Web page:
The documents in this section discuss the core triggers and actions in Flux.
The timer trigger fires at a scheduled date and/or time. There are a few ways a timer trigger can be scheduled, including running once at an absolute time (known as a “one-shot” firing), running repeatedly on a schedule, running repeatedly on a schedule until a given date, or even running a certain number of times on a schedule before following some alternate flow.
Unlike the delay trigger, a timer trigger can be configured to make up for missed firings.
The timer trigger can also be expedited. Expediting a timer trigger does not update its internal state (such as decrementing the count or adjusting the next scheduled date), so expediting a timer trigger will not have any effect on normally scheduled future firings.
Specifies an (optional) business interval that the engine can consult when scheduling future firings for this trigger.
If there is a business interval specified on the trigger, then the special character “b” and “h” will be evaluated to check for business and non-business days, respectively.
The total number of times this trigger should be allowed to fire.
For example, a count of “5” means that the timer trigger will fire 5 times according to its schedule. The next time a flow enters the trigger, it will see that the count has been met and the timer trigger will expire.
You can also use the count to take a certain action after a specific number of firings - for example, sending a notification on the last firing of the day. For more information about this, see timer trigger expiration.
The date at which the timer trigger will expire. No future firings may occur after this date is reached.
For example, if the trigger’s end date is April 30, 2011 08:00:00, then the trigger will fire normally according to schedule until that date. Once that date is reached, the trigger will expire.
A time expression that indicates when the timer trigger should expire. This time expression is applied to the date that the workflow is exported to the engine to determine the expiration date.
For example, if the End Time Expression is “+1M” (or one month), then the timer trigger will fire normally for a month after being exported to the engine. After the month has elapsed, the timer trigger will expire.
A time expression is applied to the trigger’s scheduled firing date to determine the absolute latest time the trigger can fire without being skipped.
For example, a late time window of “+5m” (five minutes) means that the timer trigger can fire up to five minutes past its scheduled firing time. A late time window of “+1d” would allow the timer trigger to fire up to one day late.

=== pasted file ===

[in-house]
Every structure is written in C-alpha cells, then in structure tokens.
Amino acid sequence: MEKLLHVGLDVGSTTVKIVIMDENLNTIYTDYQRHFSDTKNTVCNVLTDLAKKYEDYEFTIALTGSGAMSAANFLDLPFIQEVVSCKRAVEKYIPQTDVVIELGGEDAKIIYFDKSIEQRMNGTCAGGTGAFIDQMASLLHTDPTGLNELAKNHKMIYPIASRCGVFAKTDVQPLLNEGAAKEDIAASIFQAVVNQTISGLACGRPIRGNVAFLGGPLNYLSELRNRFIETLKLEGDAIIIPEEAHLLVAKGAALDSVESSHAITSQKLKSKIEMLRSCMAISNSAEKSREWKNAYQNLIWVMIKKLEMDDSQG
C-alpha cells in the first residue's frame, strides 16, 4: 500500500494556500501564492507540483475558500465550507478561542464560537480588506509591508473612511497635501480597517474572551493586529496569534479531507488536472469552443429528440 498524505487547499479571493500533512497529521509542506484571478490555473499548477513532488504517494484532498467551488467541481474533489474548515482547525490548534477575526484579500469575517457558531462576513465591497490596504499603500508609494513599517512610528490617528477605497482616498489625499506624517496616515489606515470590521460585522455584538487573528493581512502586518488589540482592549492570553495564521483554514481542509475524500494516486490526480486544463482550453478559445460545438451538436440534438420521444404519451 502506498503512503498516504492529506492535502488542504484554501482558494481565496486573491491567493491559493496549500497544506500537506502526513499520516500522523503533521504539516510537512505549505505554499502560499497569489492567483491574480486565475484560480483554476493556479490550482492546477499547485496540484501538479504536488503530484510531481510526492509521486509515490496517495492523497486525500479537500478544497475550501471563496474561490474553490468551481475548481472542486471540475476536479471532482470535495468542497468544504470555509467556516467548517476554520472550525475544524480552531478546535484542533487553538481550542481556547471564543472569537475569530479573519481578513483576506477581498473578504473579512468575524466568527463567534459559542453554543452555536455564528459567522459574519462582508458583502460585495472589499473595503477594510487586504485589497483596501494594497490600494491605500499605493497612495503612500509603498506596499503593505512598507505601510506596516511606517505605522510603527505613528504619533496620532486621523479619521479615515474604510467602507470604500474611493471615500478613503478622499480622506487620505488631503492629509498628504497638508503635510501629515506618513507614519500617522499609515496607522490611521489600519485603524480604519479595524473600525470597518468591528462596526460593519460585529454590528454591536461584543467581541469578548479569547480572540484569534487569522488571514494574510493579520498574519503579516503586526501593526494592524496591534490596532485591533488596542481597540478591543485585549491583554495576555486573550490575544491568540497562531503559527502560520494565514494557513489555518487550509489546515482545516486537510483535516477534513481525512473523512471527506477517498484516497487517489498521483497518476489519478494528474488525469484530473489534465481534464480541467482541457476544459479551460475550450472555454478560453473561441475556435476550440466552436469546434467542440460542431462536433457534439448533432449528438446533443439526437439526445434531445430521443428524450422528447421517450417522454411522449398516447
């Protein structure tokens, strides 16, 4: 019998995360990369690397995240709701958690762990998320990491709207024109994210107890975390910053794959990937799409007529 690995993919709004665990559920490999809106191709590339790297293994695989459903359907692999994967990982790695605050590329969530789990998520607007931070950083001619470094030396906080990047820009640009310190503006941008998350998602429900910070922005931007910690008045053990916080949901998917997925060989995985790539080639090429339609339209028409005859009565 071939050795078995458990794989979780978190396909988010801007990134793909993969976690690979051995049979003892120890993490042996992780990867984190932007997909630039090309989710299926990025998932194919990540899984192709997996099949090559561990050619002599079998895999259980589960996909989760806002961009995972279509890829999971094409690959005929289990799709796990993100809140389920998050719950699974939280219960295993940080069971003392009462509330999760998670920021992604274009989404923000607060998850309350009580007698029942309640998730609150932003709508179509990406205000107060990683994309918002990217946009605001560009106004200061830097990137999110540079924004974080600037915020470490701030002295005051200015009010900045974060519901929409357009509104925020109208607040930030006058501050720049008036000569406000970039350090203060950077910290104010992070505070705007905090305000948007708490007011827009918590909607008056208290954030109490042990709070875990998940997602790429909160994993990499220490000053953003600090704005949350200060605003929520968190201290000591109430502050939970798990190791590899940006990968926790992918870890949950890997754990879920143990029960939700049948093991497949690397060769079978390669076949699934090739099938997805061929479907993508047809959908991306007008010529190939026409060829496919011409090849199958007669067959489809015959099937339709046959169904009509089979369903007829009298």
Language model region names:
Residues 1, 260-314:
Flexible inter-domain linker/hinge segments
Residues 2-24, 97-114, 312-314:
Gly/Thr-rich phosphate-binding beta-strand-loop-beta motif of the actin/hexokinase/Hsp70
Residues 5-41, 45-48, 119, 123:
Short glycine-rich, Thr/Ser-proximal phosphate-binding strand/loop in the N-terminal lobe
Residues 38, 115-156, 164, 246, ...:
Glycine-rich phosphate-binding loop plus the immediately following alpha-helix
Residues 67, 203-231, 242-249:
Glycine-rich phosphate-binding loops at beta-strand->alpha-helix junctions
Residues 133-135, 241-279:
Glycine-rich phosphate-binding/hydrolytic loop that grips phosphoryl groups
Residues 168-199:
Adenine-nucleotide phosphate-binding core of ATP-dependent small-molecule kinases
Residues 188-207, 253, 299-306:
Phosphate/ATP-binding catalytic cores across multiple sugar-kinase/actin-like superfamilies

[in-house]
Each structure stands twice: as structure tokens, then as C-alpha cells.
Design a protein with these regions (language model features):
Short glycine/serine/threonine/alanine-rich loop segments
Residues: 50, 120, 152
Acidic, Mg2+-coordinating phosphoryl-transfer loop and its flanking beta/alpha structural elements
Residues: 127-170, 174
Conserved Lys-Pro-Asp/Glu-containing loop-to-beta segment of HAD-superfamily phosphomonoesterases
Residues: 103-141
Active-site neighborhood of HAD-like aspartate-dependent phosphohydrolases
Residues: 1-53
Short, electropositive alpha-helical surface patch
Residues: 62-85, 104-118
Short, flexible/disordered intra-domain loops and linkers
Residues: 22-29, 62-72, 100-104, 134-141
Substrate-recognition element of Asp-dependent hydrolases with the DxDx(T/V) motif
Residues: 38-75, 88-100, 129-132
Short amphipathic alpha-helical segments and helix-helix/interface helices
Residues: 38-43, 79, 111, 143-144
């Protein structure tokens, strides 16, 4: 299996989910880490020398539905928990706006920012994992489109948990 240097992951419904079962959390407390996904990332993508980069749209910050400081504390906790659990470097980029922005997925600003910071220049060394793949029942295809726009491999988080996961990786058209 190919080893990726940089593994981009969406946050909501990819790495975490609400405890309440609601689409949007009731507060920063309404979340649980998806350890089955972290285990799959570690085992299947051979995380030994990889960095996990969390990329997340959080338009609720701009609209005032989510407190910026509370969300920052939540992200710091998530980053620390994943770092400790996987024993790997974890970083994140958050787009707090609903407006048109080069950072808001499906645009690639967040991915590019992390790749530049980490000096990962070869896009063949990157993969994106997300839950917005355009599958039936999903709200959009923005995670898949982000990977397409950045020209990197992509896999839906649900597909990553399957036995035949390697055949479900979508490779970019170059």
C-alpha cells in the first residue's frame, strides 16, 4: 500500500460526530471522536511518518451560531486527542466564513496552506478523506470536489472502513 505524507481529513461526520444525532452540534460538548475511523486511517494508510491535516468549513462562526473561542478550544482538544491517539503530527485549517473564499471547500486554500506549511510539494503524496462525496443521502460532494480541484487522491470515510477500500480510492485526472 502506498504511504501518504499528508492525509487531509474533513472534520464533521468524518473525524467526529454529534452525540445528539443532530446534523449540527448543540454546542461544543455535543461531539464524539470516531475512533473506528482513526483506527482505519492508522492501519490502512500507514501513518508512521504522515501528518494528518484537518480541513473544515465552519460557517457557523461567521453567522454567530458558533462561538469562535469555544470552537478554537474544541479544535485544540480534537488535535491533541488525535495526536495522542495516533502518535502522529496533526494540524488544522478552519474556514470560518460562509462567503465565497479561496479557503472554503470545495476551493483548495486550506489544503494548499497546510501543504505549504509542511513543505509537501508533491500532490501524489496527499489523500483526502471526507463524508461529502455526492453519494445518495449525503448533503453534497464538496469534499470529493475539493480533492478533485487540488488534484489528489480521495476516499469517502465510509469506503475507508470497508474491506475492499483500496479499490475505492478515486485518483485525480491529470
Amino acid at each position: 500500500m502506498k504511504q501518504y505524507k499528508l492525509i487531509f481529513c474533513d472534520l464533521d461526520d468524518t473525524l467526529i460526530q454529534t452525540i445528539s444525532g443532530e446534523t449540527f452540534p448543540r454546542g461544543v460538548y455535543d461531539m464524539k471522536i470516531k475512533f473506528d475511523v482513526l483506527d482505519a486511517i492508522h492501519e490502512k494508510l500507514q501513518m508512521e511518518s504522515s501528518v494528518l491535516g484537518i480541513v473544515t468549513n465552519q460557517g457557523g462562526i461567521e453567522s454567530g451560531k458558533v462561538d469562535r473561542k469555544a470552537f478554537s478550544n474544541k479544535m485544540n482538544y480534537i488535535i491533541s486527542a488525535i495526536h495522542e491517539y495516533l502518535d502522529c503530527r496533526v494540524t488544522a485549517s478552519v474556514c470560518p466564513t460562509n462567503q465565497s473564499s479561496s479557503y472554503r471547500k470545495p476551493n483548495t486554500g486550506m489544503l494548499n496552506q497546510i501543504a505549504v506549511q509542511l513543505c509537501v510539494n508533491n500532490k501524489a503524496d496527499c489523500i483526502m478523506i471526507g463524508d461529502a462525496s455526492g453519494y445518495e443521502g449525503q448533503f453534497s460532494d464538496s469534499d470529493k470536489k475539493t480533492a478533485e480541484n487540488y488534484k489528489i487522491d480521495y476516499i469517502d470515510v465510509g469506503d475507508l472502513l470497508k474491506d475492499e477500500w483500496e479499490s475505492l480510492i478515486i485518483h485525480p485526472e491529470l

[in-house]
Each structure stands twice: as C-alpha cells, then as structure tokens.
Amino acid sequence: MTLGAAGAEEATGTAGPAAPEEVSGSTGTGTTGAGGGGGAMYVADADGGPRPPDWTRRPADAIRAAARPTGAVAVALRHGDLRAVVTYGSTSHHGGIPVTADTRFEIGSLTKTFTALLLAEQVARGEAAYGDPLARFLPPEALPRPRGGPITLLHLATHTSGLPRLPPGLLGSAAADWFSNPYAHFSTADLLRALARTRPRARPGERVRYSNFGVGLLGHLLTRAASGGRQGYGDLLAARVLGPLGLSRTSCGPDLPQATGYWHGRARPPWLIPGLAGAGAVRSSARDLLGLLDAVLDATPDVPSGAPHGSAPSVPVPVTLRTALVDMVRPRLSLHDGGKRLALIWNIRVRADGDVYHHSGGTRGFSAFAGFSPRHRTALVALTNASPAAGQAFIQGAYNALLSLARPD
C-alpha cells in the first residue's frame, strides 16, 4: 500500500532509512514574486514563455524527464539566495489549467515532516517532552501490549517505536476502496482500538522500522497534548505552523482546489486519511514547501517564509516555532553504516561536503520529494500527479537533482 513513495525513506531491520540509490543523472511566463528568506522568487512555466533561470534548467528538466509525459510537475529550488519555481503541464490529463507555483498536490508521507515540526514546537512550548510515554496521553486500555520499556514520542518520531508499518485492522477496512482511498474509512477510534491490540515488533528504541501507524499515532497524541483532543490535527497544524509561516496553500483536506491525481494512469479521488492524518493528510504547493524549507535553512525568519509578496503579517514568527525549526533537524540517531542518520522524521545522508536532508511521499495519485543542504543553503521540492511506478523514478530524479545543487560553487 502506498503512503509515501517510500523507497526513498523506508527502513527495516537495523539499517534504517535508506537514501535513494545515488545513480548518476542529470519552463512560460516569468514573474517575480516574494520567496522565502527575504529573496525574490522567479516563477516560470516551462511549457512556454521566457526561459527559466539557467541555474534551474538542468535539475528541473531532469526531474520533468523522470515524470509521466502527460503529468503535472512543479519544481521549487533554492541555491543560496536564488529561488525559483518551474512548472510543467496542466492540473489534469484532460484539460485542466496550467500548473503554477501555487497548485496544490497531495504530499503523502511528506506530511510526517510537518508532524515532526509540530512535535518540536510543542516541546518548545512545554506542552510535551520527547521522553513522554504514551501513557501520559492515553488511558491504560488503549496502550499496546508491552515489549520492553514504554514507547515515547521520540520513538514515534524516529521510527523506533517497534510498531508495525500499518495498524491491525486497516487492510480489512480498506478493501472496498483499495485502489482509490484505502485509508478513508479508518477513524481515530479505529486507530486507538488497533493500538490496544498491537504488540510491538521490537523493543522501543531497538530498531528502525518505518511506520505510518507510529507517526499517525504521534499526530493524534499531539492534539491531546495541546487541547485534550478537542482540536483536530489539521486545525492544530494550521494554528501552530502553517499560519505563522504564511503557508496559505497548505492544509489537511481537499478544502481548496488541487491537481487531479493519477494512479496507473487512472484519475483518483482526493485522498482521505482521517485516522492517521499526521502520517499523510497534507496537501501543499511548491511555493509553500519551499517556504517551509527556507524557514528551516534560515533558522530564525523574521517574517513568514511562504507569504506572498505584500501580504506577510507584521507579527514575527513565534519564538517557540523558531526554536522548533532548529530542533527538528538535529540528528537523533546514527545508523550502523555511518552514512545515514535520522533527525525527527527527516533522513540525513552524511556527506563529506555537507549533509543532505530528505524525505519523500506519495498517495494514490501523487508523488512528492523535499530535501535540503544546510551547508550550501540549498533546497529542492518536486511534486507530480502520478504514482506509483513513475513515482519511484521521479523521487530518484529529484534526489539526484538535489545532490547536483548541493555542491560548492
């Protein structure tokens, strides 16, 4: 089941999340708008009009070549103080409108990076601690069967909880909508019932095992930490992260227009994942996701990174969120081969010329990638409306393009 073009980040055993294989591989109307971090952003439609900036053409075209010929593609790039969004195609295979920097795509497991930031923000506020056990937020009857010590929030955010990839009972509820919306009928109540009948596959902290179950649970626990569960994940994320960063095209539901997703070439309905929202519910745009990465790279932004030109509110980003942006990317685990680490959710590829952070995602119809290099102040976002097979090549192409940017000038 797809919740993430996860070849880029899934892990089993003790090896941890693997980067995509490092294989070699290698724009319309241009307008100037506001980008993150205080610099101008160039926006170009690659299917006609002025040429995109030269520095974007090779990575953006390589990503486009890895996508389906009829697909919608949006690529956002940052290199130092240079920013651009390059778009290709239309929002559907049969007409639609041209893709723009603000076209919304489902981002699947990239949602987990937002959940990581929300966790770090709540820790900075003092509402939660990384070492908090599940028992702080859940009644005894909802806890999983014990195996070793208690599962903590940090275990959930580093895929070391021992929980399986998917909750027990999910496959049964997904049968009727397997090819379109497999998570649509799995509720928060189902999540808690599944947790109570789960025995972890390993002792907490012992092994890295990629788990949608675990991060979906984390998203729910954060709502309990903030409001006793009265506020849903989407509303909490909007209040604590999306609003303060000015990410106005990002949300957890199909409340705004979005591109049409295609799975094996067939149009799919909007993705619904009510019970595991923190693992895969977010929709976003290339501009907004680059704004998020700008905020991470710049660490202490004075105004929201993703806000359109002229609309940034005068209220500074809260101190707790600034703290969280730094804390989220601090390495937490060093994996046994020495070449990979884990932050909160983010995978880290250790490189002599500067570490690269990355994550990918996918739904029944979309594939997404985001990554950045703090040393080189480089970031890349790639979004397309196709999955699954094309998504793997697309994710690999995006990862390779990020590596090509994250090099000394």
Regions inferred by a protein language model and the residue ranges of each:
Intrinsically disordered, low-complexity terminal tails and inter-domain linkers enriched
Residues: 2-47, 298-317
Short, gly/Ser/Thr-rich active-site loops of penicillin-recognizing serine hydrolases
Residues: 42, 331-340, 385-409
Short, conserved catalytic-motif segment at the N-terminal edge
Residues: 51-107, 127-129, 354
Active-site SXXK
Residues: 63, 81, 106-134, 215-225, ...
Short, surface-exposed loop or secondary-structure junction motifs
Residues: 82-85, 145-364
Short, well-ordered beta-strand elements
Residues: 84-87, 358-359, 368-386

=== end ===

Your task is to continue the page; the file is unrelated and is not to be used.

Flux will only fire missed firings if the latest missed firing is within the late time window, or if makeup firing is enabled.
A timer trigger might be late for a number of reasons - for example, the engine might be down for an extended period of time, where one or more firings would normally have occurred. In this case, when the engine was available again, it would consult the late time window to determine whether the missed firings should be made up.
When setting a late time window, it is important to consider that during normal operation, a timer trigger may be late by several seconds or even minutes. For this reason, we do not recommend setting the late time window lower than “+5m” (five minutes), to allow workflows ample time to fire in normal operation.
If the timer trigger attempts to run but the late time window has elapsed, it will simply determine the next scheduled date and continue running as normal (unless makeup firing is enabled - see below for details).
If you do not want the trigger to make up for any missed firings at all, it is more appropriate to use a delay trigger. A delay trigger will fire as soon as possible after its scheduled trigger date, then calculate the next firing time based on when it is next re-entered (in other words, the next firing time is calculated when the next incoming flow to the delay trigger arrives); a timer trigger, on the other hand, calculates next firing times based on the schedule trigger date and not the actual date.
The table below contains several examples of using the late time window. In the table, “Scheduled Date” is the date that the trigger is scheduled to execute, “Late Time Window” is the late time window configured on the trigger, “Actual Date” is the date that the engine attempted to fire the trigger, “Time Expression” is the time expression for the trigger, and “Result” is the behavior of the engine when it evaluates the late time window.